DESCRIPTION (provided by applicant): This proposal describes a 3-year mentored training program during which the candidate will substantially enhance her knowledge in cardiovascular and endocrine function, acquire additional skills in the clinical assessment of cardiovascular autonomic function, and increase her experience designing and conducting a population-based study. While the candidate has formal training in cardiovascular disease epidemiology, she has no training or experience in the above referenced areas that are critical for success in her area of research. Dr. Philip Greenland, a clinician and epidemiologist who Chairs the Department of Preventive Medicine (DPM), will oversee the scientific and career development aspects of the candidate as described in this proposal as the primary mentor. In addition, Dr. Alan Kadish in the Division of Cardiology, will oversee the candidate's training in cardiovascular electrophysiology and in the assessment of autonomic tone, and Dr. Kiang Liu, a biostatistician/epidemiologist will mentor the candidate in the design and recruitment aspects of the proposed population-based study. Research in this proposal will focus on the temporal association between the autonomic nervous system (ANS) and the development of diabetes and cardiovascular complications from diabetes. Cardiovascular disease (CVD) is the leading cause of morbidity and mortality in persons with diabetes, and the ANS has been proposed as a mechanism to explain the association between diabetes and CVD. ANS dysfunction was previously thought to be a late-onset complication of diabetes that was the result of hyperglycemia-associated degradation of the microvasculature. However, evidence that the ANS plays a role in the regulation of glucose and fat metabolism, even in the absence of frank diabetes, makes it plausible that ANS dysfunction occurs early in the temporal sequence for disease. This study proposes to extend beyond previous epidemiological research that has identified the presence of ANS dysfunction in early diabetes, by assessing the type and extent of impairment using tools that have traditionally been used only at the clinical level. The PI hypothesizes that ANS function, as estimated by autonomic innervations, resting autonomic tone, and the autonomic response to physical and pharmacological provocation, predisposes persons to the development of diabetes and diabetes complications, including CVD, when impaired. Specific aims are to: 1) investigate the temporal sequence between ANS dysfunction and the development of diabetes in two established epidemiology studies using available measurements; 2) learn to implement and compare a comprehensive battery of ANS function tests; and, 3) recruit a population sample to compare the cross-sectional relationship between this battery of ANS function tests among healthy persons, persons who are insulin resistant but not diabetic, and persons who are diabetic. Data from these investigations will be used to modify hypotheses and develop a future prospective examination focused on the type and temporal sequence of autonomic impairment in persons with varying levels of insulin resistance, glucose uptake and metabolism.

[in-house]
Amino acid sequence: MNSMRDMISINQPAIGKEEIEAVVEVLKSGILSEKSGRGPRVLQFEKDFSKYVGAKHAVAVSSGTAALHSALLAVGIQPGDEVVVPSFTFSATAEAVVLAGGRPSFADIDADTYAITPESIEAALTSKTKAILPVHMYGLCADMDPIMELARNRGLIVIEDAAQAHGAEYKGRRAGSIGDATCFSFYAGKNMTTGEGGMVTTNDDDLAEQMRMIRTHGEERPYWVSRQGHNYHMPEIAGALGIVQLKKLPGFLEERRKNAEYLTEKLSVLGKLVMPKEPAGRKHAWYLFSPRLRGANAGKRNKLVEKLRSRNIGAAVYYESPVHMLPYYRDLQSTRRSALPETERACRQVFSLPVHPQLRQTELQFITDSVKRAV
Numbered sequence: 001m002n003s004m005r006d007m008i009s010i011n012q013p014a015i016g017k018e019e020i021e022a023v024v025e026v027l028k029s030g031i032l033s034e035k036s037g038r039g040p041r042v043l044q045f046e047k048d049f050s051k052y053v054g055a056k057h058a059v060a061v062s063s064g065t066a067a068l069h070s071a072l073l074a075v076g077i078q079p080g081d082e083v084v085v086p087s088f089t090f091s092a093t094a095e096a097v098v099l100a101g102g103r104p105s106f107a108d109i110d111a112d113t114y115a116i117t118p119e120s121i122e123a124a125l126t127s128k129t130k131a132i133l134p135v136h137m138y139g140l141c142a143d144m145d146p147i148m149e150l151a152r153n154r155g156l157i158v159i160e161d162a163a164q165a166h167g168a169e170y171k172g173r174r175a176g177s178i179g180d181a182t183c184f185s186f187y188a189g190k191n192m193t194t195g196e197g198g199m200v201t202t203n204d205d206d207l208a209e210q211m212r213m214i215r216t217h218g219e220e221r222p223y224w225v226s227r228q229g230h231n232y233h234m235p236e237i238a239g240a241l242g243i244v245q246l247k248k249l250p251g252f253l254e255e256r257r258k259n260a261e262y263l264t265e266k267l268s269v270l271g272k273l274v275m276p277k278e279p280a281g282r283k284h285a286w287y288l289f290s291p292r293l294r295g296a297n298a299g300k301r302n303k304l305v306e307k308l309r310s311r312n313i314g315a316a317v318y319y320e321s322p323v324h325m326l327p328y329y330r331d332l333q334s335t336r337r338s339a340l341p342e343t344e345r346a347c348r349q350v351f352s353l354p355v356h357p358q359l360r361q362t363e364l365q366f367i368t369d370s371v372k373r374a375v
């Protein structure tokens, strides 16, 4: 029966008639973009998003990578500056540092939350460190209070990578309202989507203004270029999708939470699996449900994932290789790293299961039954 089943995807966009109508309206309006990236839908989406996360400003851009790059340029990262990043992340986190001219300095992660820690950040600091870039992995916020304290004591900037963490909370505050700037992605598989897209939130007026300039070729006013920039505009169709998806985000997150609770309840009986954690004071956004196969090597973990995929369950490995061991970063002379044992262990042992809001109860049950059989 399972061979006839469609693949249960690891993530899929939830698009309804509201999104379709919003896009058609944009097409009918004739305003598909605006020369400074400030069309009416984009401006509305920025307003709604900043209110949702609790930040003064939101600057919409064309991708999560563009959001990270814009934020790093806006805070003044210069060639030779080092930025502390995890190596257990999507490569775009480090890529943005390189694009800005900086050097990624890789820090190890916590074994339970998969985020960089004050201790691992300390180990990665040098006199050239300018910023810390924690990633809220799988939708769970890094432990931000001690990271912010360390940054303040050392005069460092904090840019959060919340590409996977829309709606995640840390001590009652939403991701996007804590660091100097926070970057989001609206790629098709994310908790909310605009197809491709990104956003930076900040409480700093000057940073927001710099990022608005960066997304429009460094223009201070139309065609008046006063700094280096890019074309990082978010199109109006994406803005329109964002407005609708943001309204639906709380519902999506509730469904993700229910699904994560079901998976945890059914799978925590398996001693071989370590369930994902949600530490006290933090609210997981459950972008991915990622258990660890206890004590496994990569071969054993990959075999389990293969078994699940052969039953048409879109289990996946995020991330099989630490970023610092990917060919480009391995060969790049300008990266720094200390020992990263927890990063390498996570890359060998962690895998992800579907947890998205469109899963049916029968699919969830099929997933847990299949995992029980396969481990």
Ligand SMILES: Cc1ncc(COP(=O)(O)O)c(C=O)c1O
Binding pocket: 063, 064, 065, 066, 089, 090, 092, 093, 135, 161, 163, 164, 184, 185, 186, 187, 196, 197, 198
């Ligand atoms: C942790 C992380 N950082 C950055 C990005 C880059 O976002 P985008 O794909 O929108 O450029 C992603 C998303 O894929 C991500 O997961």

|Effective start/end date||6/1/03 → 5/31/06|
- National Heart, Lung, and Blood Institute (5 K01 HL073249-03)
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